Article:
Warren Mundine's new "bromance" with Tony Abbott has surprised some, but not Dr Gary Foley, who has watched Mundine steadily tread a path to the Right for years.
IT WOULD SEEM at the present time that the former National President of the ALP, Mr Warren Mundine, has momentarily eclipsed the Cape York Crusader Noel Pearson as the Aboriginal Man of the Moment.
Whilst Mr Mundine may lack the intellectual firepower of Noel Pearson, he has nevertheless elbowed his way to the front of the pack with his dazzling late-life conversion to the cause of all things Tony Abbott. Mundine's strategic realignment to become best buddies with Abbott at the beginning of the 2013 Federal election campaign may have been a surprise to some, but only those who have not been taking notice of Mundine's mundane comments on Aboriginal matters over the past few decades.
It is therefore instructive to recall Warren's political trajectory over the long term if we are to begin to try and make sense of the political stance he has arrived at today. We must do this if we are to ascertain when Warren is driven by pure political opportunism alone, or whether there is some internal logic and rationale to his strange political path over the years. After all, here is a man who emerged from a respected Aboriginal family on the north coast of NSW; a family who collectively over many decades have been honourably involved in the struggle for justice for our people.
At this stage, I should declare my interests and advise the reader that Warren is a distant relative of mine and that this has tempered this article to the extent that I am treading cautiously in an attempt to not offend too many members of my extended family.
At the same time, I believe that it is important for Aboriginal people to subject Aboriginal leaders in positions of power and influence to a level of scrutiny that a biased and ignorant mainstream media often fails to, so readers need to be aware of the tightrope I walk as I write this article. Having stated that disclaimer, I would also point out that I have long referred to Warren as the "white sheep of our family" without seeming to upset too many relatives.
Warren was born to a devout Catholic branch of my family and was the ninth of eleven brothers and sisters. His parents, Roy and Dolly, were a strong and formidable couple who were clearly very influential on the young Warren. From his father, Warren says he acquired a strong belief in the importance of home ownership as well as a commitment to trade unionism.
He has said:
"That was an important part of the bond between my father and I, that we were both union men...It would never have occurred to me not to join."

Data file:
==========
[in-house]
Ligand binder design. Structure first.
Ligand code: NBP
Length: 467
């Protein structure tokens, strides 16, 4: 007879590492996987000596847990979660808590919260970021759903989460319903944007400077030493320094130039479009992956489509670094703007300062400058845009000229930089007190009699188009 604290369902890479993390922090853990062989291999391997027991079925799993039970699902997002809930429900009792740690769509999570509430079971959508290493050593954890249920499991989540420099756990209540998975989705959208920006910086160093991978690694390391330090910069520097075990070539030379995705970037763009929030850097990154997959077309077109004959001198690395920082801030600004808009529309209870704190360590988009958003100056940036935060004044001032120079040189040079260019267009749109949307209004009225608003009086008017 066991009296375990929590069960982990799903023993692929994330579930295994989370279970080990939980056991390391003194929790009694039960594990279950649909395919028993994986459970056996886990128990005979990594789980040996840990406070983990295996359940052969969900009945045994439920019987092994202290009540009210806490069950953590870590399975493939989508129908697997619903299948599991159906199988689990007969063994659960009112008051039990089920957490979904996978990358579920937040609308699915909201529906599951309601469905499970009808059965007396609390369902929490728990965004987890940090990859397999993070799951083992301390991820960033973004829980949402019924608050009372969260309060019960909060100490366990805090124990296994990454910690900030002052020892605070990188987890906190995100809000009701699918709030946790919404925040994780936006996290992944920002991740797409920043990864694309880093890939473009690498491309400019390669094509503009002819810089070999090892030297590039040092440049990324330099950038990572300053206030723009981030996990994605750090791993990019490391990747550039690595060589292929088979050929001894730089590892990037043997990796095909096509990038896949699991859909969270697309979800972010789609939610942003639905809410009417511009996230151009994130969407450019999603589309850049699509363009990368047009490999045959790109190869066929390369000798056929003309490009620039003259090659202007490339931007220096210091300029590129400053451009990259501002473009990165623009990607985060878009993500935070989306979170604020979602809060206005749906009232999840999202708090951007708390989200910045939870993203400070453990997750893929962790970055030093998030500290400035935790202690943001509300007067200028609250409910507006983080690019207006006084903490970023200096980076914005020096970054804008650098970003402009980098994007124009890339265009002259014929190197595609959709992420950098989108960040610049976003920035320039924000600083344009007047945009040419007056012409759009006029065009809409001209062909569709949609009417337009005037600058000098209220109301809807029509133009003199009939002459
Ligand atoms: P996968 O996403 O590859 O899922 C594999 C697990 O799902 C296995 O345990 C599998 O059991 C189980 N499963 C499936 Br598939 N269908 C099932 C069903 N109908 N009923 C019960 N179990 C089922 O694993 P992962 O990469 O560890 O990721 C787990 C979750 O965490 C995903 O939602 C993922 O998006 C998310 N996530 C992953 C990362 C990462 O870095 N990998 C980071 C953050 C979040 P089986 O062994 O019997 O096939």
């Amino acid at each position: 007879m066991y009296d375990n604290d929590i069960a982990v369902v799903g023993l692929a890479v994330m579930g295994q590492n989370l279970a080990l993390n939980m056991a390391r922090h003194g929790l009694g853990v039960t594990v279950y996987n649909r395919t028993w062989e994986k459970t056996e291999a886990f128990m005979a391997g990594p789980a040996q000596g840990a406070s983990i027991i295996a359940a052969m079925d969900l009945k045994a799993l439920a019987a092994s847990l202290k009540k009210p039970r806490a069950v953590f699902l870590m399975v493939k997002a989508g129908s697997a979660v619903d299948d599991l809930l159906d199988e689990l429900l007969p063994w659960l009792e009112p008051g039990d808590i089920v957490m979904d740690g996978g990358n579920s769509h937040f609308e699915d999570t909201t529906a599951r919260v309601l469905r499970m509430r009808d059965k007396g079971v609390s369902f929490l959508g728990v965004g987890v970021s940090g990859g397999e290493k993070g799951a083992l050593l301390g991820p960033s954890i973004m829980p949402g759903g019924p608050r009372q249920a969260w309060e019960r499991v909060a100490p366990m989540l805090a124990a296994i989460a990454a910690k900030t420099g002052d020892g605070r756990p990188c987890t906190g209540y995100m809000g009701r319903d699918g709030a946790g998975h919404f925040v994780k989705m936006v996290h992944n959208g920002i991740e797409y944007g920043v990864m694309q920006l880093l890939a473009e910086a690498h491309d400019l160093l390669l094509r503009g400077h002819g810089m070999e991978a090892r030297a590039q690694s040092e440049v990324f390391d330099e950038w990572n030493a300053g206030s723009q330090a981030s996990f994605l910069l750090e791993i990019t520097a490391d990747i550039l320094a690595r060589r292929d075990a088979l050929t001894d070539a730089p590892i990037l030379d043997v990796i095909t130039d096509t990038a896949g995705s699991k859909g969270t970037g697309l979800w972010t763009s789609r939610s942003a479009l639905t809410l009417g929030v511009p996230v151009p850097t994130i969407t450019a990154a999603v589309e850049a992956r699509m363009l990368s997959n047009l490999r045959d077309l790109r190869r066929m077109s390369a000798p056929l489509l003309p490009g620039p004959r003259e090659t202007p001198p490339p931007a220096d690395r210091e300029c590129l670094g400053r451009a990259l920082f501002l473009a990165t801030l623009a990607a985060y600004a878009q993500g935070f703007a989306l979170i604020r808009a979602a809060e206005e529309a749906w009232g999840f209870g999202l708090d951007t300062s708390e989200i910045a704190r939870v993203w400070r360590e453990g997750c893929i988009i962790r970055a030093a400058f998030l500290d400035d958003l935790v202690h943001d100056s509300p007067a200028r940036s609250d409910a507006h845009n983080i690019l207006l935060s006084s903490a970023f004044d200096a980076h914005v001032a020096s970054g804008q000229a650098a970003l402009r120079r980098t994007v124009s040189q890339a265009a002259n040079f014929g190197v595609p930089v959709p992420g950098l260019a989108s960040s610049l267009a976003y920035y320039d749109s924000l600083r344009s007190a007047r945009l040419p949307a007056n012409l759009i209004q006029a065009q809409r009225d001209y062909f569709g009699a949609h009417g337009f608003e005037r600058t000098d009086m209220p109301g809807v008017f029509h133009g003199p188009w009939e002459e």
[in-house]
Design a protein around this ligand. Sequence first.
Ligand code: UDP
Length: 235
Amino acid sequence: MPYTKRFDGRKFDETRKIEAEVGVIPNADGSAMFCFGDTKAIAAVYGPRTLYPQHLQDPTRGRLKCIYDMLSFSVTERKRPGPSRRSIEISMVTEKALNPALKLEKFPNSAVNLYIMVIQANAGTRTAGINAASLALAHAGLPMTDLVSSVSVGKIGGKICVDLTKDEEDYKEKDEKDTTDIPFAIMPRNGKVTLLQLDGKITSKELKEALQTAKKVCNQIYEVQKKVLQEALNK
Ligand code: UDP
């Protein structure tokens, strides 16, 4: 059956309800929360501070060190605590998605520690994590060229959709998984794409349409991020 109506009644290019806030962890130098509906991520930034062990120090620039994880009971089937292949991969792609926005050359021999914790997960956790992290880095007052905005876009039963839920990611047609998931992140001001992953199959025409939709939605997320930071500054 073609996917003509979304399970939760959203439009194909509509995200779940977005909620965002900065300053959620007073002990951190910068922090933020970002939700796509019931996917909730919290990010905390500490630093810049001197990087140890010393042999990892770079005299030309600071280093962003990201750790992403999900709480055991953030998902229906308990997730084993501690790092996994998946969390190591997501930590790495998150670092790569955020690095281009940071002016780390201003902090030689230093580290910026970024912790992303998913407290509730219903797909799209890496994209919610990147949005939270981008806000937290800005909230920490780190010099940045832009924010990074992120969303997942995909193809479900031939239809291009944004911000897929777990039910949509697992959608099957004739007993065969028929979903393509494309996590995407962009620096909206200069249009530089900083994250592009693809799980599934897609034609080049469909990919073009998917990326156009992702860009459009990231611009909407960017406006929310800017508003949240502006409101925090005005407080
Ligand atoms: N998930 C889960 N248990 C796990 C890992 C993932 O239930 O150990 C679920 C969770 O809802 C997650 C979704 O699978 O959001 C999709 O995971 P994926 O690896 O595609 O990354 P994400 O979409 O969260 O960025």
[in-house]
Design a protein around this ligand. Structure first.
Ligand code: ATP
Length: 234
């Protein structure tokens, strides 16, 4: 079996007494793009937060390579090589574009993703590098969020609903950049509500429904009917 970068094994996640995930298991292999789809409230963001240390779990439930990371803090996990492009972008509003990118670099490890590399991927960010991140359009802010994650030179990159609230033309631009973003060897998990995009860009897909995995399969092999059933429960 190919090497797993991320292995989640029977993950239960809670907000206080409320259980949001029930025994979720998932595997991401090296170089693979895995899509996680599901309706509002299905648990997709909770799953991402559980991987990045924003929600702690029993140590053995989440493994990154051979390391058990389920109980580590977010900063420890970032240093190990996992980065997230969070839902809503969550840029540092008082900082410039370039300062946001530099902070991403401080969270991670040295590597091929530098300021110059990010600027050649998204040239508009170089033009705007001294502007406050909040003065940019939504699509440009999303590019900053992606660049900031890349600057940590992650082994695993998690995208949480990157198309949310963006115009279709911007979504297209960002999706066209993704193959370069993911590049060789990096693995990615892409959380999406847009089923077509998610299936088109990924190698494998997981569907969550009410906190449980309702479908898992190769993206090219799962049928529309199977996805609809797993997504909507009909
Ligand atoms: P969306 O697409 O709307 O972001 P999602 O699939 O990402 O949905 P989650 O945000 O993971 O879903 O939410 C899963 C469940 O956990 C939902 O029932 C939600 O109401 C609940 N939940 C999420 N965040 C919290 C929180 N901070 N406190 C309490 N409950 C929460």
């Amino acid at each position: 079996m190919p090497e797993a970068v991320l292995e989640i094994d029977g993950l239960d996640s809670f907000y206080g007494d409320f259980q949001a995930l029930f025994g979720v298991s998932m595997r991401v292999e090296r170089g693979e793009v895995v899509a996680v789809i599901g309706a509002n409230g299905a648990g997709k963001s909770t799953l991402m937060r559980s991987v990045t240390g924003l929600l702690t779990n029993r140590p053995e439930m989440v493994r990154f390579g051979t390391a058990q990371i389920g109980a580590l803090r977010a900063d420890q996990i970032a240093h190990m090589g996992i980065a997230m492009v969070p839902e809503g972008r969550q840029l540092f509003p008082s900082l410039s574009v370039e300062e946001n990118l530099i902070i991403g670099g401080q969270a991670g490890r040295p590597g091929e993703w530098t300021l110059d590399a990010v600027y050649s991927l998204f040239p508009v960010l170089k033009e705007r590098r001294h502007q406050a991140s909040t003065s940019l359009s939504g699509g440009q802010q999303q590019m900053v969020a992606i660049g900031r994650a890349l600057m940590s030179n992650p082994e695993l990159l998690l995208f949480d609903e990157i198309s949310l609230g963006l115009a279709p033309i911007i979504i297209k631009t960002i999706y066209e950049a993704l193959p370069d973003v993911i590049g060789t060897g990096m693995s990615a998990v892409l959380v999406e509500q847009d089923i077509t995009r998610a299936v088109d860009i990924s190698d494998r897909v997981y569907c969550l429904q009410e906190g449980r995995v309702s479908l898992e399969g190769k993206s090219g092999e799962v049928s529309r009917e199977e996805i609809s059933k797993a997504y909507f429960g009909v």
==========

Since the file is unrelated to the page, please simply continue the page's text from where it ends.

From his mother he derived a strong attachment to Catholicism, which he has said, "very much shapes" his political views:
"To me it's a very important spirituality thing. I don't think it's all I'm about, but my faith has had a great influence on my life and got me through a lot of tough times."
In 1963, his family moved from their home in South Grafton to Sydney suburb of Auburn. Later, Warren would begin his working life as a factory fitter and machinist, and later working for the Sydney Water Board. He went to a TAFE college at night and earned the Higher School Certificate, which enabled him to move up to a white-collar job as a clerk in the Taxation Office in Martin Place. He also briefly studied in Adelaide, where he attended the former South Australian Institute of Technology and earned a community development diploma, but this limited level of education has not inhibited Warren's spectacular rise to prominence in Australian politics.
His political career probably began around 1982, when he can be seen waving the Koori flag and making a couple of radical speeches at the major demonstrations against the Commonwealth Games in Brisbane. In Madeline McGrady's film "We Fight", on several occasions Warren can be seen lurking behind me as I am making a radical speech condemning to policies of the Bjelke-Peterson government of QLD.
Again during 1987, in the lead-up to the major Aboriginal demonstration against the Australian Bicentennial, Warren is to be seen making a radical speech on a national televised forum on ABC-TV. Thus, in the beginning, Warren appeared to be politically Left of centre, but that superficial impression would not last for long.